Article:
Samaira – A work of fictioN!

This is one of my worst posts I know!


 

It was still dawn when I stepped out of the cab and walked towards the entry gate of the Delhi airport. The early morning February air was pleasantly cold.

I was travelling to Bengaluru to attend a college friend’s wedding. It had been four years since we graduated from the same college. This wedding was also going to be a reunion of our batch mates. But what I didn’t know was that the reunion would begin much ahead of time; right in the queue in front of the airline counter.

I was almost sure it was she. Same height! Same long hair! Same complexion! Curiosity had my eyes glued to her. And then about 60-odd seconds later, when she turned, she proved me right. My ex-girlfriend stood two places ahead of me in that queue. We had never met after the college farewell.

She scanned the airport, clearly looking for somebody. Her searching eyes passed over me. Just passed. She never noticed me. Or maybe she did and had decided to ignore me…I never knew.

A few minutes later, as I leaned back and closed my eyes in the waiting area, aware of her presence within a few yards, memories of the year 2012 pulled me in. The college farewell, the tears, the smiles, the promises floated back to me. But in the midst of them all, I stumbled upon that well avoided part of my mental book of memories which I had dreaded ever since the college farewell.

The breakup!I_Love_You_2.jpg

Well, it wasn’t really a breakup, I reminded myself. I had dumped her cruelly.

An involuntary sigh escaped me as the despair of 2012 started seeping in once again. I had, by now, accepted the fact that I had acted like a self centered, attention seeking, and egoistic pig. And I hadn’t yet apologized for my mistakes, owing to my male pride.

But now, when the only girl for whom my heart had fluttered was sitting yards away from me, a sheer sense of shamefulness engulfed me.

Samaira, I think this is the right time for us to…to walk towards our own goals”, I had whispered to her in the farewell.

“What do you mean?”

“I think we should move on. I mean, I no longer want this relationship. My life goals are different. And you don’t fit in there!”

And like the perfect pervert I was, I had expected her to fall down on her knees, to beg me to stay, to shed tears for me.

But, like the sensible girl she’d always been, she had turned towards me with the words, “I won’t be able to live without you! The rest is your choice.”

I had walked off, never to return.

But every conscious moment of my life had been spent thinking about her voice, her smell, her talks, her secrets, her habits…about her!

And today, after 4 long years, she was finally right in front of me. She had never operated her facebook, her whatsapp or any other social media application since that fateful year. Yet, here she was, her eyes glued to her smart phone as she kept pushing her bangs off her face.

She hated bangs and had always avoided getting “flicks” during a haircut, I remembered. But times change, and so do people, I thought.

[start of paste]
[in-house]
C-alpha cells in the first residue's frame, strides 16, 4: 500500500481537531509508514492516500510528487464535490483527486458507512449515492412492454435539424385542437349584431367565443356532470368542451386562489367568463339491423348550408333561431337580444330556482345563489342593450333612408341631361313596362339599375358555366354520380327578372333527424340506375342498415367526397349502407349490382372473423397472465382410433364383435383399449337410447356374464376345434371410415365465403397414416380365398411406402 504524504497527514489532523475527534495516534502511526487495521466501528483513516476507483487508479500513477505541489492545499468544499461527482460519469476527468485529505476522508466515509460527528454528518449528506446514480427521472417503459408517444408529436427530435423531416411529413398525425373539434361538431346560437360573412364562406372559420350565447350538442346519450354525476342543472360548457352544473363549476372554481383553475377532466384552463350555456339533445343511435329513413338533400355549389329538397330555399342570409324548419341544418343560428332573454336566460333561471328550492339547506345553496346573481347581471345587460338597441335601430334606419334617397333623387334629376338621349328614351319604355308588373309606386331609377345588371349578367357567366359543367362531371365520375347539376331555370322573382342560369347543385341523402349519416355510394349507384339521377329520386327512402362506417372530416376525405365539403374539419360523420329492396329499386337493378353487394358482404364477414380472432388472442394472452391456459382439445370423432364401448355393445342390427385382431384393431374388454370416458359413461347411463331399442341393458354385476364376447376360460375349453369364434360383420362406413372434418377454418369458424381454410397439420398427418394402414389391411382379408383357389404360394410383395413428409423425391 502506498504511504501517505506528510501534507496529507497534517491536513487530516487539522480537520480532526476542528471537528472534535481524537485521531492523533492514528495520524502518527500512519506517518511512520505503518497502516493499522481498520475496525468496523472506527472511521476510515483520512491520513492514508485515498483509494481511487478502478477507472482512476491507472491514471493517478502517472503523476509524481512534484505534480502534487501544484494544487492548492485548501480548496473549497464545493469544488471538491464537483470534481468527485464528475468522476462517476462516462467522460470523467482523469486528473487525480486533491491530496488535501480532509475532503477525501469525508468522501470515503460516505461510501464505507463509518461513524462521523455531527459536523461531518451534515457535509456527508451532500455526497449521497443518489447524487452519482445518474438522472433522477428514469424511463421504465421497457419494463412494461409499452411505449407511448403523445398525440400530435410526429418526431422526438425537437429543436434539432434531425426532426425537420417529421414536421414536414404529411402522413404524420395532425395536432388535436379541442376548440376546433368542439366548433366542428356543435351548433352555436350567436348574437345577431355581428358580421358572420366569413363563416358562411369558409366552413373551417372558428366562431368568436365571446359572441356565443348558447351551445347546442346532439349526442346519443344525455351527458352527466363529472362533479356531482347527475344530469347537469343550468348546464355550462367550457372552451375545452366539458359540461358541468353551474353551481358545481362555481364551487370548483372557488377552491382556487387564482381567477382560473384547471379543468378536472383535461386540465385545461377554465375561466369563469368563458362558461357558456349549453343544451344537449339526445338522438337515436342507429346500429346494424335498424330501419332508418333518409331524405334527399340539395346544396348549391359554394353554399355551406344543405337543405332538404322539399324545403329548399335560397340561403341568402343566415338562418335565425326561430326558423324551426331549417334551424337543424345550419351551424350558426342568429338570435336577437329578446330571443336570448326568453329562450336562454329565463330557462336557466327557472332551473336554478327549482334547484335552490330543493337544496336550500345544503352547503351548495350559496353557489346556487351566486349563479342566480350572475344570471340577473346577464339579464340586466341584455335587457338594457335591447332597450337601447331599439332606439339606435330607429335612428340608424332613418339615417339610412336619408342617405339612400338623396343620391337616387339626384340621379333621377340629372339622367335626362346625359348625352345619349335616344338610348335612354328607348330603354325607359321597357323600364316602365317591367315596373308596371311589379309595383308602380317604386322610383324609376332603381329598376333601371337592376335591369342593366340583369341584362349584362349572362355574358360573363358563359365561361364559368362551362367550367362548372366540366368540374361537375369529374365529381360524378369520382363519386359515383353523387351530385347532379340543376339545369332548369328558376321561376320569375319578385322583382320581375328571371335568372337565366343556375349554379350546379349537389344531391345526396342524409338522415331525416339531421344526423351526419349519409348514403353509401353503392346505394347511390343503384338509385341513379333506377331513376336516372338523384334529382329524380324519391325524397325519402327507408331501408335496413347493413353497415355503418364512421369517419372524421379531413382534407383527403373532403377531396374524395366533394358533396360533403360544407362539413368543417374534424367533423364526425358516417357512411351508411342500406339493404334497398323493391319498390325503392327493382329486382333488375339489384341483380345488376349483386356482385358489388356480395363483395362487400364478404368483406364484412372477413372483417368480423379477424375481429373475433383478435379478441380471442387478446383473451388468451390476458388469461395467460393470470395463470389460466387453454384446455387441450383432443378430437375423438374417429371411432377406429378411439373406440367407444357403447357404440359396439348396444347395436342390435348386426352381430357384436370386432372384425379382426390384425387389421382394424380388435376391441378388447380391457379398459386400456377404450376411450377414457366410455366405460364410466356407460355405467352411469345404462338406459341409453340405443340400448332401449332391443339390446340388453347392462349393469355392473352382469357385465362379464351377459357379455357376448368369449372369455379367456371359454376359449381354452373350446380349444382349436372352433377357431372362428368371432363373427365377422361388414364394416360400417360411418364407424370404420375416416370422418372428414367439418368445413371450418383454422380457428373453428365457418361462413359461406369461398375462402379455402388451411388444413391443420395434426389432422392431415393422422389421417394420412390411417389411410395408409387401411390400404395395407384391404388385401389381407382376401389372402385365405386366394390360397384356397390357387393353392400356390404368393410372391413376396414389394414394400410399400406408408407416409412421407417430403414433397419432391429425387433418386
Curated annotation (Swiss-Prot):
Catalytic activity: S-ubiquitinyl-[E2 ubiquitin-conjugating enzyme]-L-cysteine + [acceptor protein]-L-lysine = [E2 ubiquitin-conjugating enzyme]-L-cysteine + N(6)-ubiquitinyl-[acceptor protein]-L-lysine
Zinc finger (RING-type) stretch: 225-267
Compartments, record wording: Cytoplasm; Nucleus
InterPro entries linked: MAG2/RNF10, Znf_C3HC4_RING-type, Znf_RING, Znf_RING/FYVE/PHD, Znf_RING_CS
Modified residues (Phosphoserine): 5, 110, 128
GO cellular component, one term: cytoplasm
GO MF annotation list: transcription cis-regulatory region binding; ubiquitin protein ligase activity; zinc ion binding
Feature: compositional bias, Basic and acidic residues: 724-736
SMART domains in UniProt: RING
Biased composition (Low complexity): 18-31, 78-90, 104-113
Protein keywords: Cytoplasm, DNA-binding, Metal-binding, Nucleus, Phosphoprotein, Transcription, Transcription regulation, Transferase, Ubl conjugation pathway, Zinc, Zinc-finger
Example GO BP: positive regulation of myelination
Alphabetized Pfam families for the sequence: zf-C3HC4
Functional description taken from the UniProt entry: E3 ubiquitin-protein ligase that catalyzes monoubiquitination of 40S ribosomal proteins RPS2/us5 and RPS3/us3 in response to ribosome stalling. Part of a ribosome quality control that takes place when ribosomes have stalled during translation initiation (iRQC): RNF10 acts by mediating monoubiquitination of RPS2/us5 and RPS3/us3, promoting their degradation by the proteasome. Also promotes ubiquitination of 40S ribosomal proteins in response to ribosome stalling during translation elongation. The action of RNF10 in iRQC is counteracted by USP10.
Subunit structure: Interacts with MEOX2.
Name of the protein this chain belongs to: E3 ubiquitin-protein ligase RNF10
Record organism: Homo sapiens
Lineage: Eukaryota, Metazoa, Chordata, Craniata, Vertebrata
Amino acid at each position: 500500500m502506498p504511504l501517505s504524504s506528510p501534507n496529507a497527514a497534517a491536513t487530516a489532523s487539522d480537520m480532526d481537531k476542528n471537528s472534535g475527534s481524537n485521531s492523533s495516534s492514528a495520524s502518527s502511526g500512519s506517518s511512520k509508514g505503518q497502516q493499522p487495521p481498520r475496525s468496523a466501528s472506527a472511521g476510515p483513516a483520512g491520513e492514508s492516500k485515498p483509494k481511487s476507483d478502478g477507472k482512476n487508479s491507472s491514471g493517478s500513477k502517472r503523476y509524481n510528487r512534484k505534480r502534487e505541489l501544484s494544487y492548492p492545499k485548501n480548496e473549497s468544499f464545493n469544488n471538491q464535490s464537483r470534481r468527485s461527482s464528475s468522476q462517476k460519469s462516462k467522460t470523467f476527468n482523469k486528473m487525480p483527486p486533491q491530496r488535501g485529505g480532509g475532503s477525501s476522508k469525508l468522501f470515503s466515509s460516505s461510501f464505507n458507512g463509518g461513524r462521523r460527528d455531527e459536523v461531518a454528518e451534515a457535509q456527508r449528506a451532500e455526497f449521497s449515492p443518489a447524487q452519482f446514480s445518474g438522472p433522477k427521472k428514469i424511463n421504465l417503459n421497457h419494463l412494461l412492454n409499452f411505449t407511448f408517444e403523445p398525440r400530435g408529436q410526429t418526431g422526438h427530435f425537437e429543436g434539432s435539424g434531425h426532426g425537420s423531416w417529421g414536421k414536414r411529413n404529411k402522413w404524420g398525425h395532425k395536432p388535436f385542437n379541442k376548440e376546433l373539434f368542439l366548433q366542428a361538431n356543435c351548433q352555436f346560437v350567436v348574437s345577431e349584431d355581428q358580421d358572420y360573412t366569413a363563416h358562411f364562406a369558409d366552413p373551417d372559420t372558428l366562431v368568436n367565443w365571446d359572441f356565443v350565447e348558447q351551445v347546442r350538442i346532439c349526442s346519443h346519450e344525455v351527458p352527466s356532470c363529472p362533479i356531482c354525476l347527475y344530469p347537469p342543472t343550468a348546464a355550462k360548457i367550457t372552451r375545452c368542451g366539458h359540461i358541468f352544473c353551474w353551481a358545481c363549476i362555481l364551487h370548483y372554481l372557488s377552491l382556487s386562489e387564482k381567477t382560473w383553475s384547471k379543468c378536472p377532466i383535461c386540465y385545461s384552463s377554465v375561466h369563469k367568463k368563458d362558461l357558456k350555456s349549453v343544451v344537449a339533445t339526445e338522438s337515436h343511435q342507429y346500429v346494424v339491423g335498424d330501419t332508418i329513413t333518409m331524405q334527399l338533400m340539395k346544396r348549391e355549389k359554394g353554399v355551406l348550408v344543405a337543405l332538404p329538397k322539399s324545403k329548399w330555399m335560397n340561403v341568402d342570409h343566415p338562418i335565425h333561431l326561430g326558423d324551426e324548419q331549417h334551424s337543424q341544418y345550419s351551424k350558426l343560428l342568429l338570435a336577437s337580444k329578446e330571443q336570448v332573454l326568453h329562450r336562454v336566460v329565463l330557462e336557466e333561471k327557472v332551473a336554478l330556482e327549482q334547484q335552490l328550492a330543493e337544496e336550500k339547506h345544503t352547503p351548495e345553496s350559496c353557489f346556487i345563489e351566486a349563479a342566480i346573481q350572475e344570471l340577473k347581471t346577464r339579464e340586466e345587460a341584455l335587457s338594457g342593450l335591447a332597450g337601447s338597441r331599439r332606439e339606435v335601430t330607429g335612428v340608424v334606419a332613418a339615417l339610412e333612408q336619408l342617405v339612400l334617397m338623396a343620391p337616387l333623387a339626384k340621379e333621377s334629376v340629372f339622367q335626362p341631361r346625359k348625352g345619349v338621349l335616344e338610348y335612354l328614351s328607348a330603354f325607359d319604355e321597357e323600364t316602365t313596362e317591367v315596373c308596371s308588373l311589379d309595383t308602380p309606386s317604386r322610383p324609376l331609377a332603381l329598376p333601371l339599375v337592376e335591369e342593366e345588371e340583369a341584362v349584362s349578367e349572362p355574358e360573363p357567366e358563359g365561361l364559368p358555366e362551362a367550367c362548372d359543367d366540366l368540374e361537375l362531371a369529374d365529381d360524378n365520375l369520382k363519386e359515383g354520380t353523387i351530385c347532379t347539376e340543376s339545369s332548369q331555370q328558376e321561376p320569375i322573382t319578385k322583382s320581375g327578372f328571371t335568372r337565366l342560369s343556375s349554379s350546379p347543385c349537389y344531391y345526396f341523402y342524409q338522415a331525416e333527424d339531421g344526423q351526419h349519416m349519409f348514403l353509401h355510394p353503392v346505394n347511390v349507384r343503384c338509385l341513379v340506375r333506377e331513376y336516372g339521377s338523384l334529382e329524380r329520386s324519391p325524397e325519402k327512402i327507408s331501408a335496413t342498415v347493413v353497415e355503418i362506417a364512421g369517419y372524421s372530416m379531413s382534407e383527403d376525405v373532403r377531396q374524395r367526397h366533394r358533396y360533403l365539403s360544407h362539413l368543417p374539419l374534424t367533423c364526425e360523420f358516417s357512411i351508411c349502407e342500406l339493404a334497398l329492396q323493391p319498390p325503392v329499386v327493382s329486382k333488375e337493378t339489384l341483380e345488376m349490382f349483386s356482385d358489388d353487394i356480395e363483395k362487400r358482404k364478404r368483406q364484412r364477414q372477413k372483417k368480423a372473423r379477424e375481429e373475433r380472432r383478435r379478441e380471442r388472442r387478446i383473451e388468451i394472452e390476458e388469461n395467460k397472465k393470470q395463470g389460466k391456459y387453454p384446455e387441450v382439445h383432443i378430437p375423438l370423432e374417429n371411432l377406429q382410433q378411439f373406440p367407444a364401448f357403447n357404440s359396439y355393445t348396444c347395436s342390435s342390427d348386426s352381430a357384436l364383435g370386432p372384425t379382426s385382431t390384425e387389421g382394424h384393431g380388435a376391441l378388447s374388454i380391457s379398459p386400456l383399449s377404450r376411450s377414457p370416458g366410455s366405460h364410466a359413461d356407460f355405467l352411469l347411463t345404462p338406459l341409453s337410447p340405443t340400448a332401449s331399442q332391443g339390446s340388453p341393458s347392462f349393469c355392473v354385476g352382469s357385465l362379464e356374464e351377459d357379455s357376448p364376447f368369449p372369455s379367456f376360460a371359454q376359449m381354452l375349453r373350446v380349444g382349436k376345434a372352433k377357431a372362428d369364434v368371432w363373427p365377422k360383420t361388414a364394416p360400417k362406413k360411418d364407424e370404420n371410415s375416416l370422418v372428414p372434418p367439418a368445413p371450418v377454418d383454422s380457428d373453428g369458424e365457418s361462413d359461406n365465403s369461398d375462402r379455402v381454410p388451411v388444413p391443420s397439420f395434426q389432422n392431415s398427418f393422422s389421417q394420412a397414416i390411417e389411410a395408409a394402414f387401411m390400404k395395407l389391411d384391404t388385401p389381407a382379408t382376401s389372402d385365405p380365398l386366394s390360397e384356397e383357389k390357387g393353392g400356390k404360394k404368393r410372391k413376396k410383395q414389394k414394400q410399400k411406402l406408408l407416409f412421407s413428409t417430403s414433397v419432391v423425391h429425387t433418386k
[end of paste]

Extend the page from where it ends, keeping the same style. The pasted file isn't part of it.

A black clad young fellow entered the area and almost blocked my view of her as he leaned down to whisper something over her shoulder. She shook her head and went back to typing on her phone as the man occupied the seat beside her. An ardent desire to punch him in the face rose in me as he pulled her close and held her by the shoulders while she rested her head on his shoulder.

It struck me harder than an act of blasphemy would strike a priest; harder than the apple struck Newton (whereby he gave whacky formulae to the world); harder than Cabrera’s bat struck the ball, as he leaned down to kiss her. With a frown scrunching up my dark circles to look darker, I watched on as she kissed him back and went back to her phone.

She had moved on. I had not.

The stark reality was harder than what I had imagined. I still loved her, but she didn’t. She had moved on!

They stuck together like Munchkin county Cows throughout the journey. I tried hard not to look, but failed terribly.

Once in Bengaluru and into the hotel I was booked on, I decided to push away thoughts of Samaira and the guy and enjoy the wedding.

We, my batch mates and I, had decided to meet up at Ahana’s place – a resident of Bengaluru itself.

For a minute, amongst hugs and handshakes, I had completely forgotten about Sam. But then, I saw the black clad fellow from the airport there. He was dressed up in a jeans and a shirt and was walking straight towards me.

“Rohan! My brother!” he greeted me. I looked on, completely perplexed, as he took my hands in his. I never knew him…did I?

I looked around for Samaira, but she was nowhere to be seen.

“Rohan? You recognized me right?” he asked, noting my baffled glances.

“Rohan!” he shook me repeatedly by the hand, and amongst the buzz of reunion I did something that I probably shouldn’t have.

Wham!

I punched him in the face. Right on his nose.

He took a step back. The hall grew silent. Every eye was on me. I looked around at those faces that I had known so well and then at the one standing in front of me. I wanted to apologize but a surge of emotions refrained me from doing so.

I staggered back a step or two, heading for the door. Heading out of the silent mob of stares and accusing glances. My eyes met Riya’s, Samaira’s best friend. They were glowing with rebuke. Why? Just because I had left Samaira for no particular reason? I wanted to yell out that Sam was happy, and that she should mind her own business.